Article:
Inflation in the Eurozone rose in December to its highest annual rate since recordings began in 1997, Eurostat reported.
The initial estimate was 5%, but confirms the trend led by the sharp rise in energy prices, which rose from 4.9 percent in November to a quarter-century high. These figures are well above the European Central Bank's target of 2.0% inflation in the euro area.
However, the ECB believes that this inflation is transient and should fall in 2023, after reaching its peak in 2022.
The sharp rise in prices in recent months is mainly due to the extraordinary rise in gas and electricity prices. In December, the annual increase in energy prices reached 26%, well ahead of other products included in the Eurostat basket.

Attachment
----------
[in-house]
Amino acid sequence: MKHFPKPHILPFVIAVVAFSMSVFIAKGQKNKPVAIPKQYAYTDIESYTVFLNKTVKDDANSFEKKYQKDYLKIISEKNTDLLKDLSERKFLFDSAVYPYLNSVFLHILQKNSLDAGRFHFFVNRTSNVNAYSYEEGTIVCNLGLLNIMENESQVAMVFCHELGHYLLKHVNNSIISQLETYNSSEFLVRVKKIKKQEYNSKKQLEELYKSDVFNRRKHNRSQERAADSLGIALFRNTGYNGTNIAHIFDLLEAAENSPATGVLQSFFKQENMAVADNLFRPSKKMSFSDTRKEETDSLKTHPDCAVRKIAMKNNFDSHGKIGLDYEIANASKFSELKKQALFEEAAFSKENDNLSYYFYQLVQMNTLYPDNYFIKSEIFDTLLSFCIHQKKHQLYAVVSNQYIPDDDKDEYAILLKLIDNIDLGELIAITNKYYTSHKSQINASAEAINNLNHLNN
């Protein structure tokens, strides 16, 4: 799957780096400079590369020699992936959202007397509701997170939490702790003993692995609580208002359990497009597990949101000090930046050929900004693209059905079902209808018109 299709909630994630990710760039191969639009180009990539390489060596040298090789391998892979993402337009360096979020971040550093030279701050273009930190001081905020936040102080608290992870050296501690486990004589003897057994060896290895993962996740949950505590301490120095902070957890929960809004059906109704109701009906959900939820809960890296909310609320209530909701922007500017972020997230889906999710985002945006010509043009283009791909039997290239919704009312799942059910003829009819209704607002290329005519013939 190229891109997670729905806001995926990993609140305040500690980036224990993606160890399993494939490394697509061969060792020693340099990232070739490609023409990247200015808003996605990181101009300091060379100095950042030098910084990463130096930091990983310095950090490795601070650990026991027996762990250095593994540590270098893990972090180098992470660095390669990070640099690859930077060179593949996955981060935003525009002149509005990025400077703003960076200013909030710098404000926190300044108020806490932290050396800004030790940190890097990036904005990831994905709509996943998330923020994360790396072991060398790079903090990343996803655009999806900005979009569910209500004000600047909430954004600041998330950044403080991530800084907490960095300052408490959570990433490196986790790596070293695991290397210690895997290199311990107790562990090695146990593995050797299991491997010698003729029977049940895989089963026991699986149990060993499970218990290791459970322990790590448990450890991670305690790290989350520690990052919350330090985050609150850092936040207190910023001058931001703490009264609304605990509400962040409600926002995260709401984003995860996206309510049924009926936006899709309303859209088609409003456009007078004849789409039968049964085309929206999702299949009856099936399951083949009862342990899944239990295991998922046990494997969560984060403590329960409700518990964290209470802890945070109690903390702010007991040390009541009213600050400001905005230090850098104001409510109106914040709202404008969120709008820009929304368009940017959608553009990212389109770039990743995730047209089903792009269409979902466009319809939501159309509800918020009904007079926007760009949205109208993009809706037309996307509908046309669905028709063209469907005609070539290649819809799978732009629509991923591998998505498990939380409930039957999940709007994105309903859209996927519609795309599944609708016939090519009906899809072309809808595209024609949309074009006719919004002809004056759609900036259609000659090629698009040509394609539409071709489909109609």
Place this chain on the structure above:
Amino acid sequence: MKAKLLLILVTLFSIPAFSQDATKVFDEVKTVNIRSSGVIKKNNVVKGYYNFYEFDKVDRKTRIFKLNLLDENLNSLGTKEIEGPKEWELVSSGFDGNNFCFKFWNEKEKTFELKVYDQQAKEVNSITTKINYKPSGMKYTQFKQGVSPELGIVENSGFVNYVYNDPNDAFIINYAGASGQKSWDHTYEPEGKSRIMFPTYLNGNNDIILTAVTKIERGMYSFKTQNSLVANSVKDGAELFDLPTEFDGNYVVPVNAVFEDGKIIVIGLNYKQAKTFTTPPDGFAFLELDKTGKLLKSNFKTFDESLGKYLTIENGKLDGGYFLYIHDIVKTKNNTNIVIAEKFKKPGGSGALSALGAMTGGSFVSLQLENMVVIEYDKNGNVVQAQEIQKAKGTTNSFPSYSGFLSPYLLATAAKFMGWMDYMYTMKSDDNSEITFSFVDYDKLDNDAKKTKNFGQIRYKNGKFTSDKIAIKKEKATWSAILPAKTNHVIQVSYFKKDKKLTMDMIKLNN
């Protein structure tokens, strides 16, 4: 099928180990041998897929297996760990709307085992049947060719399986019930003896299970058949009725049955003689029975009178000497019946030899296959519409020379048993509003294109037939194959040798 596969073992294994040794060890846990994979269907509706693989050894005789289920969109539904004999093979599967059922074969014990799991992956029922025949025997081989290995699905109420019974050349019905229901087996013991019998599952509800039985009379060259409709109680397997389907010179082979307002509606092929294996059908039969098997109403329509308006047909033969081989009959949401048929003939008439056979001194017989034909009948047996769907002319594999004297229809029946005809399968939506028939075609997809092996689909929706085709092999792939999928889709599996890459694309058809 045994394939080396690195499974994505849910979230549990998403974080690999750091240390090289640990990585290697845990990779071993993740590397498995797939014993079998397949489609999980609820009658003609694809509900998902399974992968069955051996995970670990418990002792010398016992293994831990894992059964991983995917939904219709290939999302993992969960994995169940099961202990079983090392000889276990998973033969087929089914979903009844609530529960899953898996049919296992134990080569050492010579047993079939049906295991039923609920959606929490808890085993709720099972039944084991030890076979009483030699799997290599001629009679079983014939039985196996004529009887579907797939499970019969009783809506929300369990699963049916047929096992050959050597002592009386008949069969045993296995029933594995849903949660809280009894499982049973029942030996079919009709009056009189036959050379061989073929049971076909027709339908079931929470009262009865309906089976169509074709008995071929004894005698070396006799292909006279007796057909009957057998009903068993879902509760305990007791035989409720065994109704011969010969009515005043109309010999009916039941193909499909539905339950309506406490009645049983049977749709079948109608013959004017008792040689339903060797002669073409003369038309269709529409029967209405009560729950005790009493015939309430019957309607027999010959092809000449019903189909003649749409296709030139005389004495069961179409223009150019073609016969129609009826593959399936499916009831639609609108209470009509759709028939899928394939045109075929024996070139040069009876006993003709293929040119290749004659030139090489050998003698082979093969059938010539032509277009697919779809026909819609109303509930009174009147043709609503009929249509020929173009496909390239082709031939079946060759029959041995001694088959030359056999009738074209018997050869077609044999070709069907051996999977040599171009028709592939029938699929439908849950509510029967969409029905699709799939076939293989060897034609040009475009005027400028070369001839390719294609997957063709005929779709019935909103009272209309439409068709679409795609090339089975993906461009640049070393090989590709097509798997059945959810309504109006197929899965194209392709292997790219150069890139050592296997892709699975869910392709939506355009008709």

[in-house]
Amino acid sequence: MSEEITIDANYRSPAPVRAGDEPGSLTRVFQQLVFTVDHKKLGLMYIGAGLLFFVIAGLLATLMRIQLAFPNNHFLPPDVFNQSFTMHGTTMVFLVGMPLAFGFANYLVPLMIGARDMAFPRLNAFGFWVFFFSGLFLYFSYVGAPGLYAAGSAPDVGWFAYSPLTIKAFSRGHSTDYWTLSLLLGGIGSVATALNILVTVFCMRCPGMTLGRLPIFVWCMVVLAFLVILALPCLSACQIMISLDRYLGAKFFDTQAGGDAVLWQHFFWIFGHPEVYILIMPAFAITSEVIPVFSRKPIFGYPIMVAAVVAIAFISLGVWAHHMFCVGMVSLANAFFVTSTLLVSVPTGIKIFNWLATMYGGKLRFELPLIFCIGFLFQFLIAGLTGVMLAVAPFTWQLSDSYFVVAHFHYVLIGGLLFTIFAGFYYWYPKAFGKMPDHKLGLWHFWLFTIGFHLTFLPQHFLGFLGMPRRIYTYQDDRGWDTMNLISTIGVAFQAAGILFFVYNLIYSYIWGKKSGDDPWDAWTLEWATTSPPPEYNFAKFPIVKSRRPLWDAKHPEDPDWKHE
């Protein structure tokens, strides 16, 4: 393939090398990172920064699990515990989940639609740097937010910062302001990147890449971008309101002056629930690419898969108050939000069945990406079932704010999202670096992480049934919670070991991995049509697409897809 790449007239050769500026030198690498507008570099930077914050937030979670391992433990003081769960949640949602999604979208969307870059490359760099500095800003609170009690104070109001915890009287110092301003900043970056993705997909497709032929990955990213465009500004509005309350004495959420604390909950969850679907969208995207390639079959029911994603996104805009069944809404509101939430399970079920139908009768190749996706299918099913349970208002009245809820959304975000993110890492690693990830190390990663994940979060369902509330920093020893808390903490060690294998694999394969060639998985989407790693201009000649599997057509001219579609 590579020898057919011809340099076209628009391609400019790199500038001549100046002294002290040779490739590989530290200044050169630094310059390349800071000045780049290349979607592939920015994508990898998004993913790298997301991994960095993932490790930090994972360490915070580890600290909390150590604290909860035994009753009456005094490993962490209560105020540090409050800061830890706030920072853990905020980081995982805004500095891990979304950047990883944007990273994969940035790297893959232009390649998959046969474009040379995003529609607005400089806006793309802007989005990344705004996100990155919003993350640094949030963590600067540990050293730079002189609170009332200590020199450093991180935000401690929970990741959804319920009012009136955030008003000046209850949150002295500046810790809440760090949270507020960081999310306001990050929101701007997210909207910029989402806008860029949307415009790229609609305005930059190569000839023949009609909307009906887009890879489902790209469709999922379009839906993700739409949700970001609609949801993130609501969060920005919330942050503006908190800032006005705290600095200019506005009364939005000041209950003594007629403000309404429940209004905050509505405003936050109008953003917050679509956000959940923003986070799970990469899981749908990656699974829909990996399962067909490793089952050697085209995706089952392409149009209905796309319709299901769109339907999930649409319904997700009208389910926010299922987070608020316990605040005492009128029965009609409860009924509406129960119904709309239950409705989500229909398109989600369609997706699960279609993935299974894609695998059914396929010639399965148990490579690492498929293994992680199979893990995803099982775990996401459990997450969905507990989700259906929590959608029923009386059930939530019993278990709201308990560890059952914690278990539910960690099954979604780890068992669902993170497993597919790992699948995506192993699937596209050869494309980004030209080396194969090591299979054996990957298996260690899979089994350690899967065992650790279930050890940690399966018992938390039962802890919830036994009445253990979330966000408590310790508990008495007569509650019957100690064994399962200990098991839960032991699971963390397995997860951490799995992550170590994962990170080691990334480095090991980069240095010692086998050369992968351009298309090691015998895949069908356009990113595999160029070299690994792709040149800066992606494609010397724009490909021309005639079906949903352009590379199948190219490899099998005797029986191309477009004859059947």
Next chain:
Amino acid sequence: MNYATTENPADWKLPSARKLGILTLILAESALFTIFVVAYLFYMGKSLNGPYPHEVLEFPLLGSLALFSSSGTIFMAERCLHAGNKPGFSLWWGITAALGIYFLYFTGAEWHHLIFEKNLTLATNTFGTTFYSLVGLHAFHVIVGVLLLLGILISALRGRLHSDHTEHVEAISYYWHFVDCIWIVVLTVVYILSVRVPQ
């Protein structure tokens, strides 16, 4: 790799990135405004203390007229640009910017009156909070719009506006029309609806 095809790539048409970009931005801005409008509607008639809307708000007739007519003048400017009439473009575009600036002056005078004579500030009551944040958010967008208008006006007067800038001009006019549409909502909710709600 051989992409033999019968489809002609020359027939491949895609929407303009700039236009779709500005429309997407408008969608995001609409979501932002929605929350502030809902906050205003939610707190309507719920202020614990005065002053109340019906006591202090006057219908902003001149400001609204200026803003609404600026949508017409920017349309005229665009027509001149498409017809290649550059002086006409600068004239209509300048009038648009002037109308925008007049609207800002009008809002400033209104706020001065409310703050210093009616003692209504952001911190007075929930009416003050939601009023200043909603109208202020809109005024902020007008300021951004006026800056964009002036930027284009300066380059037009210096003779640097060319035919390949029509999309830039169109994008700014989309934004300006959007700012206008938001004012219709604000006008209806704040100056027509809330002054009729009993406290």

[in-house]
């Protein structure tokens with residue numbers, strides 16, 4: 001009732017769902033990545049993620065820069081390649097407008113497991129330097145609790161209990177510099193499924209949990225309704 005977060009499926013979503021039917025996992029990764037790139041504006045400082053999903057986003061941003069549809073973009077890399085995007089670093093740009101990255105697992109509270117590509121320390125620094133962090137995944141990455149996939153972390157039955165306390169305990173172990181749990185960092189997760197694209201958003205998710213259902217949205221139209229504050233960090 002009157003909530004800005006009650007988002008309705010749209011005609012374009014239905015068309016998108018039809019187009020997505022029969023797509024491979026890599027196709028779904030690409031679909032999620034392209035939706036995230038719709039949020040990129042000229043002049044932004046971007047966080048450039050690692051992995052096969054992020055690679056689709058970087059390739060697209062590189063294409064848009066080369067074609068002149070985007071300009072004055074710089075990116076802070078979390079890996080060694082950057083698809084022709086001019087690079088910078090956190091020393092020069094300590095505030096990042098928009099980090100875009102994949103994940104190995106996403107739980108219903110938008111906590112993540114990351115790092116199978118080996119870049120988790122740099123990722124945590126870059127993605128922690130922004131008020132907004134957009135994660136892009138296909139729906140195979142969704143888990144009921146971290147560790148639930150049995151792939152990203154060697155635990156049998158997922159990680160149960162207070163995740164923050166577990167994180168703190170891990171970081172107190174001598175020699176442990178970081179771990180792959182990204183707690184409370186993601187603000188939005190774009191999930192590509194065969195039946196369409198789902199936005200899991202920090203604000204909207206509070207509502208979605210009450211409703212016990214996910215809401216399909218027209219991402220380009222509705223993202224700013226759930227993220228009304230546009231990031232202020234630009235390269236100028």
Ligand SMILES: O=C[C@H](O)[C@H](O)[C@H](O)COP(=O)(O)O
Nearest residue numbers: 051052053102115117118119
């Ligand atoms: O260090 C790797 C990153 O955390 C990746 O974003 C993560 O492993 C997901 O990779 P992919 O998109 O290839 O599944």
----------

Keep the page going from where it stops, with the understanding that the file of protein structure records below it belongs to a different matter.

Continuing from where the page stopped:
However, food, alcohol and tobacco prices rose by 3.2%, outpacing industrial goods by 2.9% and services by 2.4%.
Among the major countries, the largest increase is in Spain - 6.7%, and Germany - 5.7%. Conversely, prices remain more moderate in Italy and France, according to harmonized European data calculated by Eurostat.
Inflation is particularly high in the Baltic countries, with the highest level for the euro area in Estonia at 12% and Lithuania at 10.7%.